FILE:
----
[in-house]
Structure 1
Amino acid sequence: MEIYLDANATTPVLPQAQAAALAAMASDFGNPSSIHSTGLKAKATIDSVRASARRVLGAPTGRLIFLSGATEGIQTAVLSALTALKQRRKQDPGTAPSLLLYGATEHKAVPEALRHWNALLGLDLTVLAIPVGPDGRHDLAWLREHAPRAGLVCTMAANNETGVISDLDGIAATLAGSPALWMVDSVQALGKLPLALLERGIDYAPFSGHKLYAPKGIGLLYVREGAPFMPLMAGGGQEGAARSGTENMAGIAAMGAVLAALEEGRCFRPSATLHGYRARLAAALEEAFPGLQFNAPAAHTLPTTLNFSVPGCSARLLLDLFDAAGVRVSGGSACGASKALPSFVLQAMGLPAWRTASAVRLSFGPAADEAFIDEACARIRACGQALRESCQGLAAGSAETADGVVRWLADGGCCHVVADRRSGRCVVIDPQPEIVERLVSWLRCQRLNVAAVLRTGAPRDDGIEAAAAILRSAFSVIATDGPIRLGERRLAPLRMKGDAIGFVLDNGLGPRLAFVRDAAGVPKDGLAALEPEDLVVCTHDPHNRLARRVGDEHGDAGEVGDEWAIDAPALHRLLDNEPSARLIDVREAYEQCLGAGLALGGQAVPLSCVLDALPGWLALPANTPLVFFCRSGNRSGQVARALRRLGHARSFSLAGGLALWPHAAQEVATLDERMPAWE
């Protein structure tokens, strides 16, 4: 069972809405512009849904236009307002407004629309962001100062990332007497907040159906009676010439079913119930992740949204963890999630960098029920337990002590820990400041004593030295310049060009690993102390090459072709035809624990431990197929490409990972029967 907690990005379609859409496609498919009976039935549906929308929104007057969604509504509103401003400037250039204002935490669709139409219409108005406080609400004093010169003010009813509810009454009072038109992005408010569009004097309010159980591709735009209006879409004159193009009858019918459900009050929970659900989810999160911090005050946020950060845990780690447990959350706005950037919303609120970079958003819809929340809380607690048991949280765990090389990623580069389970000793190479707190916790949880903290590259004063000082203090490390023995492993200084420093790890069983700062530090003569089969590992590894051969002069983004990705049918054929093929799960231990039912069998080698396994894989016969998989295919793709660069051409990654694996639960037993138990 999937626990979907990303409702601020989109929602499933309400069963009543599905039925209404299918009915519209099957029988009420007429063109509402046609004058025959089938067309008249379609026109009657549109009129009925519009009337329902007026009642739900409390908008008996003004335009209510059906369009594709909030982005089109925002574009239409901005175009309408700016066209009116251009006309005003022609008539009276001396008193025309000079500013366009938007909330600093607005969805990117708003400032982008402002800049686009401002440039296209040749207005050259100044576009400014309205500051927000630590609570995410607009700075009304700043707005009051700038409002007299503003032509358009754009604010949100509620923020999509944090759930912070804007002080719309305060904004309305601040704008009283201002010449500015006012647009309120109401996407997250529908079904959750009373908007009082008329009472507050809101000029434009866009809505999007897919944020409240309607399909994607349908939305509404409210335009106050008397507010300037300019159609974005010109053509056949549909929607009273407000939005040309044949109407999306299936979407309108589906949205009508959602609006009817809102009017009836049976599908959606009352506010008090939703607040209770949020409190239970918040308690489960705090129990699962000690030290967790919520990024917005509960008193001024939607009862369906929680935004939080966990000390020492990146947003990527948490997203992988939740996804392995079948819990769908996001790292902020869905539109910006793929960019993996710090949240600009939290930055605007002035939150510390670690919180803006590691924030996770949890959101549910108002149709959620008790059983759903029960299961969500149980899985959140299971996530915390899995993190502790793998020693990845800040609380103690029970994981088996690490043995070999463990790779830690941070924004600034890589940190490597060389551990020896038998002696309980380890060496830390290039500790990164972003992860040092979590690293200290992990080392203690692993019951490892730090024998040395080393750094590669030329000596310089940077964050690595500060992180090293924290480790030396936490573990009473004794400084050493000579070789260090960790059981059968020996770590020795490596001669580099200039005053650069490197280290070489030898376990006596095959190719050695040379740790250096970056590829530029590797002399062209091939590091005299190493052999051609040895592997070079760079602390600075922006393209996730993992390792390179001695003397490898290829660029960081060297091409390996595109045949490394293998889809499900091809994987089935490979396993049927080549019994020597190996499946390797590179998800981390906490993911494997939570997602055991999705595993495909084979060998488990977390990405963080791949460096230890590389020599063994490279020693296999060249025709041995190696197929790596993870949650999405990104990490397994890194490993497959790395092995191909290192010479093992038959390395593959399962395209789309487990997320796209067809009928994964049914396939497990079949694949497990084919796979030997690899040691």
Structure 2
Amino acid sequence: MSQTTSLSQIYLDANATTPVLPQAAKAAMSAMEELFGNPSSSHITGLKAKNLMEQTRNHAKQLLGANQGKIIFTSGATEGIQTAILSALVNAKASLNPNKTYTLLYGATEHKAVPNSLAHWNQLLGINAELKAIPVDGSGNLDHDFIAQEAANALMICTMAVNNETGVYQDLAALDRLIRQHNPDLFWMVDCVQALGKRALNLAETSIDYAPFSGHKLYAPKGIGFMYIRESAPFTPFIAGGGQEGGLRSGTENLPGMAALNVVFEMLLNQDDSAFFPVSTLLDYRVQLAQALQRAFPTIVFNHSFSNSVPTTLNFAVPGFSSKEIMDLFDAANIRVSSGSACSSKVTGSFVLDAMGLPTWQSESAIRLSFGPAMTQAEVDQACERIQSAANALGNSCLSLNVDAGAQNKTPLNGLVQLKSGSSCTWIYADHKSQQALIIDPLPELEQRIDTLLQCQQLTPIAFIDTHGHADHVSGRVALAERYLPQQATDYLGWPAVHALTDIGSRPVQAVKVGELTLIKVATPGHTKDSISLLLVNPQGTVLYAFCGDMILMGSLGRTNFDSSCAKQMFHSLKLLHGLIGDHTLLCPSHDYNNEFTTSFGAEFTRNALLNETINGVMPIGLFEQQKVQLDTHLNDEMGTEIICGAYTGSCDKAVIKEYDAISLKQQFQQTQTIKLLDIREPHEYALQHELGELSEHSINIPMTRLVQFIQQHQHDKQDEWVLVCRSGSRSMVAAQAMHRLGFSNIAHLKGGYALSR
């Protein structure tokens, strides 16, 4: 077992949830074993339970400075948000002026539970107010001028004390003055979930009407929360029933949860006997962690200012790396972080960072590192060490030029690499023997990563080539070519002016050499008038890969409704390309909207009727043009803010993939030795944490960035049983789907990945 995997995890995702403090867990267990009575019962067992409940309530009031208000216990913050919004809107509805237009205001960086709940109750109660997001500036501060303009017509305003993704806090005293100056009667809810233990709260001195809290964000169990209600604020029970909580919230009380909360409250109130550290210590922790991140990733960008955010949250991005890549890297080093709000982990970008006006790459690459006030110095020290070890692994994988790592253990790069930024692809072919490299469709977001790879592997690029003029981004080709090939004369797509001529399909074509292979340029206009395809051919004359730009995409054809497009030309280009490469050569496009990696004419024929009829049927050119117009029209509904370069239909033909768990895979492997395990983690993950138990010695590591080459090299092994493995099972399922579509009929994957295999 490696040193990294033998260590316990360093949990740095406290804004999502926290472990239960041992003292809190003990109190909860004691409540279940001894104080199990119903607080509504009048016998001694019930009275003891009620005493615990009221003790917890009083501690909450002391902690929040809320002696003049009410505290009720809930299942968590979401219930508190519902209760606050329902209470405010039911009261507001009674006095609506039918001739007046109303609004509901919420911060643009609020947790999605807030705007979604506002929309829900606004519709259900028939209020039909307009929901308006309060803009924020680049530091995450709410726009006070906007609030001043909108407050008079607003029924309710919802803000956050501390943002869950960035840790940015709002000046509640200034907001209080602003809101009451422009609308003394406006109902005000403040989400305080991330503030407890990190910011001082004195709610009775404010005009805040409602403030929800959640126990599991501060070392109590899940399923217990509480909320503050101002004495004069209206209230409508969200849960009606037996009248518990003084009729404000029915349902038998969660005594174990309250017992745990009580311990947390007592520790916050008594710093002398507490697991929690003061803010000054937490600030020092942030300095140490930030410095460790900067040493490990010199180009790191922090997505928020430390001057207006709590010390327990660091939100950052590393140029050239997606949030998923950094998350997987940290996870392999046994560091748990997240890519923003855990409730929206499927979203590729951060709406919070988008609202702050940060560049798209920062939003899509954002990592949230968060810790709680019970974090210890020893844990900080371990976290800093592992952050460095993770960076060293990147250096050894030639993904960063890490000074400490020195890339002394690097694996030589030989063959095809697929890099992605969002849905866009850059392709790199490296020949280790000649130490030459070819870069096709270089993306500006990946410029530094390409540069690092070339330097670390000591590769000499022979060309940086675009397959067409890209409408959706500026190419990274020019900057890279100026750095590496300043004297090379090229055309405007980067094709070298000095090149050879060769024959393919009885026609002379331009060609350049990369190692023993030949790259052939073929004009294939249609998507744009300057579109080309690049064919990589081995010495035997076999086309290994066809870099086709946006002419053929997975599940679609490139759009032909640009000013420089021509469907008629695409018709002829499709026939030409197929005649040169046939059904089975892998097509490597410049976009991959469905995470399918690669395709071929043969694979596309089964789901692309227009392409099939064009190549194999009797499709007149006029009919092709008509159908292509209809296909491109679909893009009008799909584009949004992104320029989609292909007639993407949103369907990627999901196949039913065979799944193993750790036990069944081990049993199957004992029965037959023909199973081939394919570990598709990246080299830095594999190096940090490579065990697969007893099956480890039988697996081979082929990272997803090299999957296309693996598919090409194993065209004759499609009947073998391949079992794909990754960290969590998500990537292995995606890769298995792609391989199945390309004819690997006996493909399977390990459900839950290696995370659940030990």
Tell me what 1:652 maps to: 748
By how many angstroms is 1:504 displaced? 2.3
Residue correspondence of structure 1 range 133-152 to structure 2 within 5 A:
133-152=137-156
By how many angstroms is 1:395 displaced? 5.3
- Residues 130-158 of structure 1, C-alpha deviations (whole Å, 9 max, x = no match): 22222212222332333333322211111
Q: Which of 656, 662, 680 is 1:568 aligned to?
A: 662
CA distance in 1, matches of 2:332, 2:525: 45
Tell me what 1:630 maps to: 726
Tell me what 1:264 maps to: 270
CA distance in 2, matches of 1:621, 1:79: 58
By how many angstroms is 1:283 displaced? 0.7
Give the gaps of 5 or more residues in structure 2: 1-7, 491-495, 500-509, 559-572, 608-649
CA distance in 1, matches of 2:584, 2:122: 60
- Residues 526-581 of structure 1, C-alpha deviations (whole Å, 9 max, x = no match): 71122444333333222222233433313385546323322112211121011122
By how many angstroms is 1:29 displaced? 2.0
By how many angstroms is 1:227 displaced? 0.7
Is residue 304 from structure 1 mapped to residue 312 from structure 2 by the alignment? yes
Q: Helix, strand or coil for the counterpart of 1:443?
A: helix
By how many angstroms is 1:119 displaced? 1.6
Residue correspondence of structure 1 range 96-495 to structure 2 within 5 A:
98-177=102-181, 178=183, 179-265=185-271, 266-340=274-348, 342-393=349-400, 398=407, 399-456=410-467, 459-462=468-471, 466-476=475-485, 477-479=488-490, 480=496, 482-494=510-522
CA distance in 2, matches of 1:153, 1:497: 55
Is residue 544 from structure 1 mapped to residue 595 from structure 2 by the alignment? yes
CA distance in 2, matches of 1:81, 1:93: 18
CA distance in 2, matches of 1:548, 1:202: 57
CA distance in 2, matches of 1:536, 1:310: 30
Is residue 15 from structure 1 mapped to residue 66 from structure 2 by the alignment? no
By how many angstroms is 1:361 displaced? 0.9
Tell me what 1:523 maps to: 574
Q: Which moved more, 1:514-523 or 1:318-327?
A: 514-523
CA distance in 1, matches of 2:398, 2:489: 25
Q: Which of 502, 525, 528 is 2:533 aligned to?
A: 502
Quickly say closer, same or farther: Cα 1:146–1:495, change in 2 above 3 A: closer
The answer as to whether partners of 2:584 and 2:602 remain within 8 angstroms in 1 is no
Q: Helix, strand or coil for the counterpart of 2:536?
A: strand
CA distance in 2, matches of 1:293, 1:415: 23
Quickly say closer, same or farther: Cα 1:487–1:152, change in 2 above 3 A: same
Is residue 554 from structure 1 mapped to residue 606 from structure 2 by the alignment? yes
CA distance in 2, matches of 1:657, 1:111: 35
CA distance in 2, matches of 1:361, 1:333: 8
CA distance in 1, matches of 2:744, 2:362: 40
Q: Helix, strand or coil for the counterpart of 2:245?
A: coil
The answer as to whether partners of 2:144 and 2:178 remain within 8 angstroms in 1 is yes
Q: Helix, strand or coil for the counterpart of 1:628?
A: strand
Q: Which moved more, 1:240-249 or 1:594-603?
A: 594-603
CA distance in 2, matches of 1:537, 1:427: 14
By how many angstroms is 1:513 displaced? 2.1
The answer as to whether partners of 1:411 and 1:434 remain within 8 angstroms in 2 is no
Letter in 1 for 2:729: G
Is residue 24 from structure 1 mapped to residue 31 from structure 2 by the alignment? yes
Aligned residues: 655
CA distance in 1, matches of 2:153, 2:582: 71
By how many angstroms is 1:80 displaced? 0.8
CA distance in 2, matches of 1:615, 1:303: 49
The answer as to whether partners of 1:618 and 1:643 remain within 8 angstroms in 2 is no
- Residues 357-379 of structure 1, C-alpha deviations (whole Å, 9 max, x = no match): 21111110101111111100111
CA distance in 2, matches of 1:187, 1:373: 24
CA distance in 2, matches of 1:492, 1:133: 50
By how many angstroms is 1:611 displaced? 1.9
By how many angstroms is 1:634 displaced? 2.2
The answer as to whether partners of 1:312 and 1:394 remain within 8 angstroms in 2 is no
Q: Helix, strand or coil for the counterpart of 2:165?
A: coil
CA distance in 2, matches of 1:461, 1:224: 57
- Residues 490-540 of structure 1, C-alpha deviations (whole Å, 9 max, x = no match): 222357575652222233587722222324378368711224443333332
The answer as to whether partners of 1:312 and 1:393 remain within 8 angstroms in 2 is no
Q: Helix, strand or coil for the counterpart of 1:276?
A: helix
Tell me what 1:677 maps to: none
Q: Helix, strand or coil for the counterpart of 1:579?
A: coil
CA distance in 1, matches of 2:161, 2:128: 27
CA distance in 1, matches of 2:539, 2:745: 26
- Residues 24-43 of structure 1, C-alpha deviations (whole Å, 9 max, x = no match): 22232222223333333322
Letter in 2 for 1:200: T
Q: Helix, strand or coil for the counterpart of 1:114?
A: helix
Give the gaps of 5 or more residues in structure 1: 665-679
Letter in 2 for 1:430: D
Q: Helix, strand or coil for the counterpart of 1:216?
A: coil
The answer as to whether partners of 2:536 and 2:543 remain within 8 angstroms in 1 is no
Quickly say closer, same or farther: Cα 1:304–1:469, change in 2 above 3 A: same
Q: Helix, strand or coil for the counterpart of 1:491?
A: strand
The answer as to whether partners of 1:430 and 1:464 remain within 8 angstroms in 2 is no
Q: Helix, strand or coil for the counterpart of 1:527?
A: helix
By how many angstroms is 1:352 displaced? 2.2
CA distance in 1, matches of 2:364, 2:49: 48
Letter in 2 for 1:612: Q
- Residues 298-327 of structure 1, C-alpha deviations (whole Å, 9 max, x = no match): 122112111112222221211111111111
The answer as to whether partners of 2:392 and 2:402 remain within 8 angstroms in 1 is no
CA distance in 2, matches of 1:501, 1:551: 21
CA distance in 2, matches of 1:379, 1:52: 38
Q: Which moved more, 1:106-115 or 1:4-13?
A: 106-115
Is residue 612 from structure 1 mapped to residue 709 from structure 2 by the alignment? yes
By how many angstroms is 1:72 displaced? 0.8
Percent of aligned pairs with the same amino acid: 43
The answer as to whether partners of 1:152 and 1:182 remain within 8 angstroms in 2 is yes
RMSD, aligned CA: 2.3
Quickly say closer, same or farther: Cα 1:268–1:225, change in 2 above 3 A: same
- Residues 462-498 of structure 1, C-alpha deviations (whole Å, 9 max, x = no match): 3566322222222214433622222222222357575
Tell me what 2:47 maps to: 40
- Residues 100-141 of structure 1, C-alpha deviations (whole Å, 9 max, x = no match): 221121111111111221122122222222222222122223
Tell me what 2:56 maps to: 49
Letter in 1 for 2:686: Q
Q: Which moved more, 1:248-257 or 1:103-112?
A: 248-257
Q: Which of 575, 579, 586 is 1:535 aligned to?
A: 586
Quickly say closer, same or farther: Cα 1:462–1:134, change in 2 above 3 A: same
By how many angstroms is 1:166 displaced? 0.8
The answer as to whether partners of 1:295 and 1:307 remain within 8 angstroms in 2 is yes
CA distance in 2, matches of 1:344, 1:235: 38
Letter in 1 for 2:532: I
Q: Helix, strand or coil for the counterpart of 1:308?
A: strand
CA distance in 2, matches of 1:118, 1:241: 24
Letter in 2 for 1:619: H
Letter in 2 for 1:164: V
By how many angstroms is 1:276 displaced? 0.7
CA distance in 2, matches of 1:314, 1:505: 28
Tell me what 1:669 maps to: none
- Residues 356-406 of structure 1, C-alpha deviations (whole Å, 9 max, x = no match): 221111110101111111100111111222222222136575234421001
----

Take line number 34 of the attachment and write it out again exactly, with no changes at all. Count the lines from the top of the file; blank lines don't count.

CA distance in 2, matches of 1:81, 1:93: 18